Letter from Home

A whole generation gone


Dear Family and Friends,

It was with a feeling of great sadness that I watched the opening ceremony of the Commonwealth Games this week and did n

ot see Zimbabwe walk in with all the other countries. All our African neighbours were there, smiling, colourful and bursting with patriotic pride.

Even though I knew our president had withdrawn Zimbabwe from the Commonwealth, still I watched, expectant, hopeful but at last sad and disappointed as we were not present at the “friendly games.” What a shame it is that our rising young sportsmen and women have to suffer this isolation.

It is things exactly like these lost opportunities which push more and more Zimbabweans into the agonising decision to leave the country. For six years we have been going backwards in nearly every regard and now almost a whole generation of youngsters have gone from home. It is hard to see what Zimbabwe has to offer that would entice them, or their parents, to come back. There is still no place like home but right now Zimbabwe feels like somewhere else, nothing makes sense anymore and the overwhelming feeling is one of exhaustion.

A simple shopping trip to a supermarket has become an exhausting and depressing event. You cannot take the price of anything for granted as almost everything seems to go up every third or fourth day. It doesn’t take long to gather up the few things you can afford and then you wait 20 or 30 minutes to get to the tills.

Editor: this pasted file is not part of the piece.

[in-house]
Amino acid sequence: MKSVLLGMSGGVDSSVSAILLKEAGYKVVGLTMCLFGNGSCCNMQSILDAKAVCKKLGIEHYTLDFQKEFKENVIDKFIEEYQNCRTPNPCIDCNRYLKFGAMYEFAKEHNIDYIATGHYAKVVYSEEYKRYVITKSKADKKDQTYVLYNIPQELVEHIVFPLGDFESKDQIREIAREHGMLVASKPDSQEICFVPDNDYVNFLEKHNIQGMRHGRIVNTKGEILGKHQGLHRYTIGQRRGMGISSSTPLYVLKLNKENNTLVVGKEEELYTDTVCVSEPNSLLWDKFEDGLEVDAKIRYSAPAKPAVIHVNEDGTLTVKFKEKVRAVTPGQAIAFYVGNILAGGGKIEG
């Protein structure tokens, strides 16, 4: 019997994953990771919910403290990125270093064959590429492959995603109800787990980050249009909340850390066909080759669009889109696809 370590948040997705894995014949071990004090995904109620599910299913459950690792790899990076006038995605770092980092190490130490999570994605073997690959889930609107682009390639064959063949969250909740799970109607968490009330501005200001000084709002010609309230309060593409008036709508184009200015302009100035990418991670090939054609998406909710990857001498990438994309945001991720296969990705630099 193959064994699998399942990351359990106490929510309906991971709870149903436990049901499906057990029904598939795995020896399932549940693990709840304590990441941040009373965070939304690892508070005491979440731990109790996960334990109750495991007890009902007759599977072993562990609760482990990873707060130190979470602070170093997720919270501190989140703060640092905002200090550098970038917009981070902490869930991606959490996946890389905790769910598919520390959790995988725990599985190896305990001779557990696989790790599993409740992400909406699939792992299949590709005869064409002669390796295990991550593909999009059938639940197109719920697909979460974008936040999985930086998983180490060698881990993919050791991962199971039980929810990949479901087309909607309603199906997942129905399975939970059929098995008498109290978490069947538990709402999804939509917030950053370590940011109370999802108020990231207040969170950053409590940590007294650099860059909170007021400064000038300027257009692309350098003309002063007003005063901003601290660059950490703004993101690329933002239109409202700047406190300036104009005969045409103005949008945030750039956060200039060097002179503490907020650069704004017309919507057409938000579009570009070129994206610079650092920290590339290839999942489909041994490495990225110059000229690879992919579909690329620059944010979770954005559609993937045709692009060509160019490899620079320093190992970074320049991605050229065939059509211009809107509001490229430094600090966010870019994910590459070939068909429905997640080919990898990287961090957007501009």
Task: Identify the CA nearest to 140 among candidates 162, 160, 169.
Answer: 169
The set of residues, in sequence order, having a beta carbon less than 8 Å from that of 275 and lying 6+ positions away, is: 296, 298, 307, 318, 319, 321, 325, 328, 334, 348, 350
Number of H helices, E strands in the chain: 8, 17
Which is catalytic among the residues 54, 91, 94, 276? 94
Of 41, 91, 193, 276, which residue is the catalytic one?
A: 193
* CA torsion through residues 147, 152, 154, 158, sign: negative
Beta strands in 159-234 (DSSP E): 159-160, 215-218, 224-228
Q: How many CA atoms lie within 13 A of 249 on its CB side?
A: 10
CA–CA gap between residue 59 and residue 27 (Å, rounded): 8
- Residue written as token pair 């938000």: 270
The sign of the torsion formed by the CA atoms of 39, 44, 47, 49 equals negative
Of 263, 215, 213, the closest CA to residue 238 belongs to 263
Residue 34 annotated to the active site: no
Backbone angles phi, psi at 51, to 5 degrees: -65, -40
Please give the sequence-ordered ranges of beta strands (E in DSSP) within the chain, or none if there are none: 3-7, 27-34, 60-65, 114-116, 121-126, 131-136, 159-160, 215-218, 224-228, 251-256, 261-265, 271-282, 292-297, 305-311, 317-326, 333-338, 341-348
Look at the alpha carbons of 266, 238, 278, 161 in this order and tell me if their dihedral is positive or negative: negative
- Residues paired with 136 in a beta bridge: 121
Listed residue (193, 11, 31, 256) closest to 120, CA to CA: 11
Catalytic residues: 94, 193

A combination of exorbitant prices and ridiculously small denomination bank notes makes for very long delays while tellers count great handfuls of money. The woman in front of me had a bag of flour, it cost Z$400,000, she was paying in Z$20,000 notes and that meant 40 notes for her to count and then 40 notes for the teller to count. As I stood waiting for my turn I looked at the prices of things and it is like being in cuckoo land. A 500 gram packet of “value” bacon costs more than I paid for my entire house just five years ago!

A single egg now costs Z$25,000 and a friend told me that he had bought his 2000-acre farm a few years ago for the price of two eggs and half an egg shell! Familiar international brands of things like toothpaste have disappeared and been replaced by complete unknowns. Products once made in Zimbabwe but now imported because companies have relocated, are ludicrously expensive. You see a familiar product, put your hand out and then gasp in despair when you realise that just a bottle of shampoo costs Z$1.2 million. Five years ago I could have bought a luxury car for just over a million dollars.

When you finally get to the till and your goods are rung up, there is a scam going on but you have to know about it to benefit. If your goods have cost more than Z$300,000, you can buy a bag of sugar. It’s on the floor under the tellers’ feet. People being supported by families outside of the country are still coping with Zimbabwe’s nightmare days but the vast majority are struggling desperately and everyone is so overwhelmingly tired of it all. Ndini shamwari yenyu.

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